Why college loans are the worst debt

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As far back as I can remember, personal finance scholars had only one bulletproof guideline on debt: differentiate between “good” and “bad” debt.

The “good” debt mostly came in the form of mortgages because you could build equity through home ownership. Better yet, you can deduct a portion of the interest if you itemize the deductions on your federal taxes.

Then there are bad debts such as credit card charges and installment loan charges, which cannot be deducted and can lead you into a financial black hole.

But probably the worst debt of all is college loans, especially if they don’t lead to a degree or gainful employment.

How is college debt worse than bad credit card debt? For most people, it’s not deductible. Worse yet, except in extreme circumstances, you cannot get rid of it even in bankruptcy. It will stay with most people for decades if they don’t pay it back, even until retirement.


The burden of student debt

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The 44 million Americans who have college loans also carry the kind of burden that gets worse over time. This prevents them from buying houses and settling down. When they default, they are further burned by a damaged credit rating, which puts low-cost credit out of reach for those struggling with loans and other debts.

According to a new report According to progressive think tank Demos, “student debt is particularly damaging to individuals who are struggling to repay their loans. Defaulting borrowers struggle with rapidly accumulating fees, penalties and interest; borrowers who default on their loans face ruined credit and debt that is often many times greater than their original loan balance.

Robert Hiltonsmith, author of the Demos Report, noted: “The majority of people struggling to repay their college loans have relatively low debt; half owe less than $ 16,400.

“This contradicts the common media portrayal that distressed borrowers have excessive debt beyond the average, and raises the question of whether a higher education system funded primarily by debt puts students at undue risk. are trying to develop their skills and move up the economic ladder, ”says Hiltonsmith.

Relatively small debts can cause big problems, he found. “There is no such thing as a ‘safe’ amount of student debt: borrowers with low balances find it difficult to repay them at the same rate as borrowers with higher balances. “

Not surprisingly, low-income borrowers and students of color were more likely to default on their loans. And the loan amount was unrelated to the default rate, according to the study. One-third of those in default owed less than $ 10,000.


Millennial debt

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Despite President Donald Trump’s campaign call to privatize the university lending industry, which is dominated by the federal lending program, there is little relief in sight for student borrowers. A moratorium on college debt would help tremendously. At the very least, the government should stop charging interest on these loans.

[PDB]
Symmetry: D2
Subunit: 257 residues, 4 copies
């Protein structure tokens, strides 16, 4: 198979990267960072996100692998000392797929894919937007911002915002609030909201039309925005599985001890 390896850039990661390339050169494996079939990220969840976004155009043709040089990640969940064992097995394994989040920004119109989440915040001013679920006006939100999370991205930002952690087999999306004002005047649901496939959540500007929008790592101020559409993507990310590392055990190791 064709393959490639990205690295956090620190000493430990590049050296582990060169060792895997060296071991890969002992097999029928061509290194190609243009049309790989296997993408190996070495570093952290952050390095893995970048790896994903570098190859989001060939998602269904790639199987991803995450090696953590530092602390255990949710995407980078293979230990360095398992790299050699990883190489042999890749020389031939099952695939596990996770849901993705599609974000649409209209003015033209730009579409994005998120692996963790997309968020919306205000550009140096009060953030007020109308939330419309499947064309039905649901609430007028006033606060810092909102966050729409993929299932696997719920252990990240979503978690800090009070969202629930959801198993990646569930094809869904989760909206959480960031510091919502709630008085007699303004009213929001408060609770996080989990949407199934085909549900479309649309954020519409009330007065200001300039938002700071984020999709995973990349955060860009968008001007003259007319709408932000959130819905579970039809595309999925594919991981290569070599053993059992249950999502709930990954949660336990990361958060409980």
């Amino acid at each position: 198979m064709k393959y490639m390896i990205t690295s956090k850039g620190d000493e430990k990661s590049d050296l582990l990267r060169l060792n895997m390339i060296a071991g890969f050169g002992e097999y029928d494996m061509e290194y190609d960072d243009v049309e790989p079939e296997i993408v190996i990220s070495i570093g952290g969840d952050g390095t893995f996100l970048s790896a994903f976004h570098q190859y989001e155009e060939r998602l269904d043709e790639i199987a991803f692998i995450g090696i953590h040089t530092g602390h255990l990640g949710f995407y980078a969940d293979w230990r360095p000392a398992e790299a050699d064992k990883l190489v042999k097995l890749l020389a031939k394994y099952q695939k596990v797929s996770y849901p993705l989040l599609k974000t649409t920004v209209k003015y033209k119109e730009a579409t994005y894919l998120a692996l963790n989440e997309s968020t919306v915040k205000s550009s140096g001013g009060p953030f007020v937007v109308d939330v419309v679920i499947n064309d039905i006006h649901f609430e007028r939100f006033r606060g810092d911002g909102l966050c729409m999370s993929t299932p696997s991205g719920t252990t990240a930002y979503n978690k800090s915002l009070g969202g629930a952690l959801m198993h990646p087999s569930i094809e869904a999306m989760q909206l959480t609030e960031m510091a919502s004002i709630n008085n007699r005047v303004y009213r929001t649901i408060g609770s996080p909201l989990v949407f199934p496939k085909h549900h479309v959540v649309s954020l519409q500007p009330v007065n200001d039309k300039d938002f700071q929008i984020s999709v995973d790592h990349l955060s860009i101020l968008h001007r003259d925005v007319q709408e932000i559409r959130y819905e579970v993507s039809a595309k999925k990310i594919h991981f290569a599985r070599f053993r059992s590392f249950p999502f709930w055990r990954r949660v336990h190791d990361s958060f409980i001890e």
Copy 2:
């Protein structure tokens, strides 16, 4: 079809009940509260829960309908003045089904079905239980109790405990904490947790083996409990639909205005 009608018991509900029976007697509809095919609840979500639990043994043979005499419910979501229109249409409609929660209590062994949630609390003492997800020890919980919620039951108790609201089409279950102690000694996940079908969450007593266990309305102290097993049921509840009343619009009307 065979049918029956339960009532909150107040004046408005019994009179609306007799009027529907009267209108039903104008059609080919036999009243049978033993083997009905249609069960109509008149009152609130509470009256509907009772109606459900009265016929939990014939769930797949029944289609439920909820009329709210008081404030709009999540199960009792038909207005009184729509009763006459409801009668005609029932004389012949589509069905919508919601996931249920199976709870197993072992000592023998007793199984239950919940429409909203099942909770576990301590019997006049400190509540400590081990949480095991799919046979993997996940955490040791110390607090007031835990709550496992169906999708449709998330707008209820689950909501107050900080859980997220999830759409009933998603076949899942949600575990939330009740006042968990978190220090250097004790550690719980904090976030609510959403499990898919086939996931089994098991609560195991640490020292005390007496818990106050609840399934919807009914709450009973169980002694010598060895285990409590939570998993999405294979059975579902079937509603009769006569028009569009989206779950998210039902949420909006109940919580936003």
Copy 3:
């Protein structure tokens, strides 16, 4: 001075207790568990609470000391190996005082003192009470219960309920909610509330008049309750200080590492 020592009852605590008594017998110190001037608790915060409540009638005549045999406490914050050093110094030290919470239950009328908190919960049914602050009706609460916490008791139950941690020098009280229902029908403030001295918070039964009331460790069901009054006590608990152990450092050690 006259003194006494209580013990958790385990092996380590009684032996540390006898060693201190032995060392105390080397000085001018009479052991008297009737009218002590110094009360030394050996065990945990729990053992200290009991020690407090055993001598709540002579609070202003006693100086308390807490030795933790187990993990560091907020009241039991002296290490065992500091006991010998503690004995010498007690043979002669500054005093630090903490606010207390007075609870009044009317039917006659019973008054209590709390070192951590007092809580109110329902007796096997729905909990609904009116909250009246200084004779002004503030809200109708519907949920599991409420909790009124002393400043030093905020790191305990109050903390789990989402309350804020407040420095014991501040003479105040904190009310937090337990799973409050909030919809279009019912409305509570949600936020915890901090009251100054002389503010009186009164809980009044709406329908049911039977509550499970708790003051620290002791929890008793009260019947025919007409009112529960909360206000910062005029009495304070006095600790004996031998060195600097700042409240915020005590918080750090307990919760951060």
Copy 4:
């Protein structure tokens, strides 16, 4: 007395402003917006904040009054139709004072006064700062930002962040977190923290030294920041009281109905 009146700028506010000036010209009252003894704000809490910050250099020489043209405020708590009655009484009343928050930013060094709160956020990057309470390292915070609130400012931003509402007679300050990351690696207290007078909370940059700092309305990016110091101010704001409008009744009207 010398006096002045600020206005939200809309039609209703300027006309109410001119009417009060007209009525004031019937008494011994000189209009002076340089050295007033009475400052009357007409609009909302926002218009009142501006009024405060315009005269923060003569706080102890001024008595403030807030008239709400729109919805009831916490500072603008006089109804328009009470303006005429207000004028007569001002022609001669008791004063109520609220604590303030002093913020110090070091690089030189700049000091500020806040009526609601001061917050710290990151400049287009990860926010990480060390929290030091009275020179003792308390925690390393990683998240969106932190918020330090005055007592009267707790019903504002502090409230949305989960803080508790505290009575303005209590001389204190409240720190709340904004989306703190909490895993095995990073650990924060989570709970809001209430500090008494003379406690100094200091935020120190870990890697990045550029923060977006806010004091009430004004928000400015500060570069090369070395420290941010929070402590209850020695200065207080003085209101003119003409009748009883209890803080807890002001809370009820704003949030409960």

Would it make sense to increase the federal tax deduction for interest on student loans? This is unlikely because it won’t do much to reduce the true cost of college education, although the cost of after-tax funding will drop somewhat.

Right now, you can write off $ 2,500 interest on loans – if you meet certain income conditions. You cannot write off interest if you are married and file separately, and you lose the write off if your adjusted income is more than $ 80,000 for single filers and more than $ 160,000 for joint filers. Other rules also apply.

Yet the true cost of college hangs heavy if going into debt doesn’t lead to a well-paying job, which is increasingly difficult to find in the age of automation, outsourcing and outsourcing. globalization.

Reasonable solutions to lower college costs include increasing grants to public college students to eliminate loans, allow graduates to free themselves from university loans in bankruptcy, and increase grants to public schools to help them cut back. scholarship fees. But I would give these proposals a low chance of passage in the current political climate.

Demos’ “Compact Affordable College Plan”, Which he published almost three years ago, has several more sensible ideas.


Franken questions DeVos

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In the meantime, the best way to avoid college debt is through a careful planning strategy. Consider low-cost, debt-free degrees that involve community and suburban colleges. Emphasize institutions that provide grants rather than loans. Avoid for-profit colleges.

Most importantly, do the math that shows you how much it will cost you to incur college debt over time. How much will your monthly loan payments, including principal and interest, be upon graduation?

When you do your funding calculation, you will find a number of free calculators online – keep in mind that you should also project your estimated graduate salary as well as your debt repayments.

Want to get an idea of ​​how much you’ll earn once you graduate? Each college should provide you with this information. You can also check PayScale surveys, which follow the gains by degree.

If you can’t handle a monthly loan bill without reducing your income to zero, you have to make a decision. Will your university debt ultimately be good or bad? This exercise is not only good personal finance practice for any debt you incur, it should be an essential part of your college planning journey.

Note: This story has been updated to correct the conditions under which you are allowed to deduct up to $ 2,500 in interest, according to IRS rules.

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